Duke’s Keys Vol. 3: Helen Sung
When the National Jazz Museum in Harlem received a white 1917 Kramer baby grand piano that belonged to Duke Ellington, it came along with the request that it be played. In our third Duke’s Keys performance, the dynamic pianist and composer Helen Sung will share her musical offerings.
ABOUT THE ARTIST:
Pianist/composer Helen Sung hails from Houston, TX, where she attended the High School for the Performing & Visual Arts. An aspiring classical pianist before jazz intervened during undergraduate studies at the University of Texas at Austin, Sung went on to graduate from the Thelonious Monk Institute of Jazz Performance (at the New England Conservatory) and win the Kennedy Center’s Mary Lou Williams Jazz Piano Competition. Now based in New York City, Sung has worked with a “Who’s Who” in Jazz, including the late Clark Terry, Ron Carter, Wayne Shorter, Wynton Marsalis, and MacArthur Fellow Regina Carter.
With five albums as leader, Sung’s sixth release Anthem For A New Day (Concord Jazz) topped jazz radio charts and garnered a SESAC Performance Activity Award. With appearances at major festivals/venues including Newport, Monterey, Detroit, SFJAZZ, and Carnegie Hall, Sung is also stepping onto the international stage: her “NuGenerations” Project toured southern Africa as a US State Department Jazz Ambassador and other engagements include a European CD Release Tour for Anthem, the London Jazz Festival, Taichung International Jazz Festival (Taiwan), and Morelia Music Festival (Mexico). Sung also currently performs with fine ensembles such as the Mingus Big Band, T.S.Monk Band, and Terri Lyne Carrington’s Mosaic Project (she performed on Carrington’s Grammy-winning album Mosaic Project).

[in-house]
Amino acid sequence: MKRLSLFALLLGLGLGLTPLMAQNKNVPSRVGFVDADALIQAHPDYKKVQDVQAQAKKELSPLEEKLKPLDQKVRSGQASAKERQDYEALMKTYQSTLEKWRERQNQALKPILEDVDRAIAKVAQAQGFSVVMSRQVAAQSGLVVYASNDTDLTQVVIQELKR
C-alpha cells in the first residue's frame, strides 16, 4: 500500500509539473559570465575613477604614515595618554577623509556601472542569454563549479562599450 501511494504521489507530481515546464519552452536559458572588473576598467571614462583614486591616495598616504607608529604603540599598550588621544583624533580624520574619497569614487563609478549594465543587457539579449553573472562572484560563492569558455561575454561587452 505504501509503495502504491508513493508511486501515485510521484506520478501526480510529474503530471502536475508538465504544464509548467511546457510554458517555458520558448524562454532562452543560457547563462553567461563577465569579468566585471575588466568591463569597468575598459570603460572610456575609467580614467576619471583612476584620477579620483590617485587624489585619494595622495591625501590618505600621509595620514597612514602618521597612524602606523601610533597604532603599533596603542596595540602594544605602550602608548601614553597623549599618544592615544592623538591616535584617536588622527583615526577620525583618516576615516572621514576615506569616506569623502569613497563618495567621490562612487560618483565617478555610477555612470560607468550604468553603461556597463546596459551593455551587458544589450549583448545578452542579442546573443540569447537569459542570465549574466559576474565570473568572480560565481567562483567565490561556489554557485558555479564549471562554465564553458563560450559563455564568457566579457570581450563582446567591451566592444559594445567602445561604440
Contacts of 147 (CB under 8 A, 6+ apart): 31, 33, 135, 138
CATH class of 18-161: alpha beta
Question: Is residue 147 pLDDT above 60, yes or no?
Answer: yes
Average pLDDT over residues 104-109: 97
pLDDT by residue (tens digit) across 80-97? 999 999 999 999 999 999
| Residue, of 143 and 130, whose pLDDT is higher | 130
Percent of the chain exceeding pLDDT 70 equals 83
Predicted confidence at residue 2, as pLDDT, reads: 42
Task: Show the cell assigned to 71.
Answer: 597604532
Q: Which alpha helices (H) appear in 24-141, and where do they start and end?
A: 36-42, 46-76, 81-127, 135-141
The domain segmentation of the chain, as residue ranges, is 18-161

Sung is an active composer and has received several commissions and grants, including a 2014 Chamber Music America/Doris Duke Foundation New Jazz Works Grant. Inspired by her experience at the Monk Institute, Sung stays involved in music education through residencies/workshops, and joined the jazz faculties at the Juilliard School and Columbia University in 2015.